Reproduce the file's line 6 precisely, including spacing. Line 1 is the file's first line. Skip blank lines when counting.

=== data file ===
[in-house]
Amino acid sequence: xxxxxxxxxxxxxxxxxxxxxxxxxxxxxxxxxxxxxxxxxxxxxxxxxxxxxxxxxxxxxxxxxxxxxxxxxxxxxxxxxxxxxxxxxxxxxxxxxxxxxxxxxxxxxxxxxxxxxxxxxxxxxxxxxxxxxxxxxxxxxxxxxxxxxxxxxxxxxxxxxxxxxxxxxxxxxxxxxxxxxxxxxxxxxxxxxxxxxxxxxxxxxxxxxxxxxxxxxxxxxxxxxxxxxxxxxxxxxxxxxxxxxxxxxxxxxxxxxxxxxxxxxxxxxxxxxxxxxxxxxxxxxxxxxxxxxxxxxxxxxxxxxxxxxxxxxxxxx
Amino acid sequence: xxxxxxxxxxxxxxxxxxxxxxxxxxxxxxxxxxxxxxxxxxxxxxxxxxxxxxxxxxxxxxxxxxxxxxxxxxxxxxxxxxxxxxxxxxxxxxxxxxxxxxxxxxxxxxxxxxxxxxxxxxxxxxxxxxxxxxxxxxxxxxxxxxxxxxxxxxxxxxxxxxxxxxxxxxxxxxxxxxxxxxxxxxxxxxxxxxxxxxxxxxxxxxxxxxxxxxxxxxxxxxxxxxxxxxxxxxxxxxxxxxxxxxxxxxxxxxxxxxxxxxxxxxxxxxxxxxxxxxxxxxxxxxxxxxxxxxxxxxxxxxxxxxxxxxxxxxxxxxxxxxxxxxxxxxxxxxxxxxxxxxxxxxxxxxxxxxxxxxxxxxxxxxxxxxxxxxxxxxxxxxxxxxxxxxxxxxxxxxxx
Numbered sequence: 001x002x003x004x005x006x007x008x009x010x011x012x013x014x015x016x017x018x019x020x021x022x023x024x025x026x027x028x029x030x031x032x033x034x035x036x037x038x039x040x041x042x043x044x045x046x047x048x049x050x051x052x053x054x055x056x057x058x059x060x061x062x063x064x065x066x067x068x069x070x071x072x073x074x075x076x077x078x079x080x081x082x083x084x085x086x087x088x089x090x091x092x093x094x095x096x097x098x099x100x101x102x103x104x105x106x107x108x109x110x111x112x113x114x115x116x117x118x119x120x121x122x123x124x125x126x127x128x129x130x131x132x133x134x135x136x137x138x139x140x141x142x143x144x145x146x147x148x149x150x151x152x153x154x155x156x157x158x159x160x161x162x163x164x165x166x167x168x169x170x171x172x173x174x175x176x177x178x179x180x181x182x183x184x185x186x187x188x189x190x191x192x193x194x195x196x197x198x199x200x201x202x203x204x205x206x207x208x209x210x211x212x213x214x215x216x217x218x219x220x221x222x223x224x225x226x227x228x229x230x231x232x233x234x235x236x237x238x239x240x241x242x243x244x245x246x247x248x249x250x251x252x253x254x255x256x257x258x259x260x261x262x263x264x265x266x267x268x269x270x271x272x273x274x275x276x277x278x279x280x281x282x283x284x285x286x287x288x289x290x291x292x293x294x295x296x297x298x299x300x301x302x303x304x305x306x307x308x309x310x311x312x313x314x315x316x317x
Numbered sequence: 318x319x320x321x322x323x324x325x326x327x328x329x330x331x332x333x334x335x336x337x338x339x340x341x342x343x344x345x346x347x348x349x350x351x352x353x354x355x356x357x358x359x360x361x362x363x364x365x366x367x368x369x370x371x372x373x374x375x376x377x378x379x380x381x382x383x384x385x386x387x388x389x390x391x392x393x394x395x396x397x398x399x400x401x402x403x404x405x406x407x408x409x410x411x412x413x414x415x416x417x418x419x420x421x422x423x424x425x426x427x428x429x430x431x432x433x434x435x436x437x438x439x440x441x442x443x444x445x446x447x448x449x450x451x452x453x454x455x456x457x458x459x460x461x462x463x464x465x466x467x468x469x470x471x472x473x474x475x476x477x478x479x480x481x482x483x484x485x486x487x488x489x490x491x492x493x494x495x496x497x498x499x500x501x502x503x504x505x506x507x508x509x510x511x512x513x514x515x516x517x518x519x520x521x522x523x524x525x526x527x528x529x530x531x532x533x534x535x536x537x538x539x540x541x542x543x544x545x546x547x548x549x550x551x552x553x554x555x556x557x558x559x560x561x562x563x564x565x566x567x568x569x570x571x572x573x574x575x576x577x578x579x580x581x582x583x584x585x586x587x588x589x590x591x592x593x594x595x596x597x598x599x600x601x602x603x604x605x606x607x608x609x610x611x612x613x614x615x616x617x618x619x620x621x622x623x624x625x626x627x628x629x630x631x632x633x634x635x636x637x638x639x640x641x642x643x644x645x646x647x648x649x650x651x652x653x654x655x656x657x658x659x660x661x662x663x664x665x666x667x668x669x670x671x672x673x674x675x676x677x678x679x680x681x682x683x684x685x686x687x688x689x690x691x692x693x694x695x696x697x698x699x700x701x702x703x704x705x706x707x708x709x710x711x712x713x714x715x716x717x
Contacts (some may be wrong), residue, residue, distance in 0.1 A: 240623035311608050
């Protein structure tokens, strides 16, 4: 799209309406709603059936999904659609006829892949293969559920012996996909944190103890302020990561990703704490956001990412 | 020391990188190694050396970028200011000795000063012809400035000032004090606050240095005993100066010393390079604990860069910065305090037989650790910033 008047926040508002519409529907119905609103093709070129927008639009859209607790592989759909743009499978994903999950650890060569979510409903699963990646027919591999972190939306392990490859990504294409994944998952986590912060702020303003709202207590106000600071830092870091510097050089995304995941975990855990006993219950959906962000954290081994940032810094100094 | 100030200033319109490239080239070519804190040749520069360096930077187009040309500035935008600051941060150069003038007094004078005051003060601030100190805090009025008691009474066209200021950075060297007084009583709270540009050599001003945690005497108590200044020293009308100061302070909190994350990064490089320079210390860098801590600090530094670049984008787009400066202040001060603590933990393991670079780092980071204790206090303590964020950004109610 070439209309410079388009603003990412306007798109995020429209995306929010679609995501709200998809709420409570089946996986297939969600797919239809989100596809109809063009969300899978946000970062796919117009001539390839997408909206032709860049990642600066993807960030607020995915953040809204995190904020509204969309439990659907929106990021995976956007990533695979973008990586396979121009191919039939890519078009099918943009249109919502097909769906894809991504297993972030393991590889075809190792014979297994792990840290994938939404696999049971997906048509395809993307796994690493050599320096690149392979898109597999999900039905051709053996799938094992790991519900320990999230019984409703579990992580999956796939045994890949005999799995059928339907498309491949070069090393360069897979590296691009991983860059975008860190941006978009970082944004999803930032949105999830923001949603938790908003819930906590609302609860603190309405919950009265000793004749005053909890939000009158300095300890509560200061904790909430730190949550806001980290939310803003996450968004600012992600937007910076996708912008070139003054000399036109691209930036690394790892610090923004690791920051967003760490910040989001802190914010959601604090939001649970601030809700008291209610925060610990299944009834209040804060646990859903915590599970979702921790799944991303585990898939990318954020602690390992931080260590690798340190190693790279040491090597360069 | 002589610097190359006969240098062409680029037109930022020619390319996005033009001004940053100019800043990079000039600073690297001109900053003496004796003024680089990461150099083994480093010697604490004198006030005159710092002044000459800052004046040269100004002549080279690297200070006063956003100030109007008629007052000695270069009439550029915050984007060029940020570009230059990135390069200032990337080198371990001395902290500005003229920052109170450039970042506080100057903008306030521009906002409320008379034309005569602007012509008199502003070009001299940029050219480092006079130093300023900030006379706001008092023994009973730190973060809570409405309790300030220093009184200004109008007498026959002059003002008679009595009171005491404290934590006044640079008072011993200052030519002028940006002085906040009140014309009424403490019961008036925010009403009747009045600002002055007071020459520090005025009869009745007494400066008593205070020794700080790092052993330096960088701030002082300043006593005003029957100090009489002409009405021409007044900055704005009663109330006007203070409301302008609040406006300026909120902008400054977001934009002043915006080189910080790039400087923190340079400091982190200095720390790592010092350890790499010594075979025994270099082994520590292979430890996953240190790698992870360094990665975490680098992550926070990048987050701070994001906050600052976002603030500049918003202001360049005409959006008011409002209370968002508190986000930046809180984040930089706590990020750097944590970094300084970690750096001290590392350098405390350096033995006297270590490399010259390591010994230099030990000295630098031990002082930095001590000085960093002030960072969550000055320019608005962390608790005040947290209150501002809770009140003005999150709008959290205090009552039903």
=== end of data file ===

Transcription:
Contacts (some may be wrong), residue, residue, distance in 0.1 A: 240623035311608050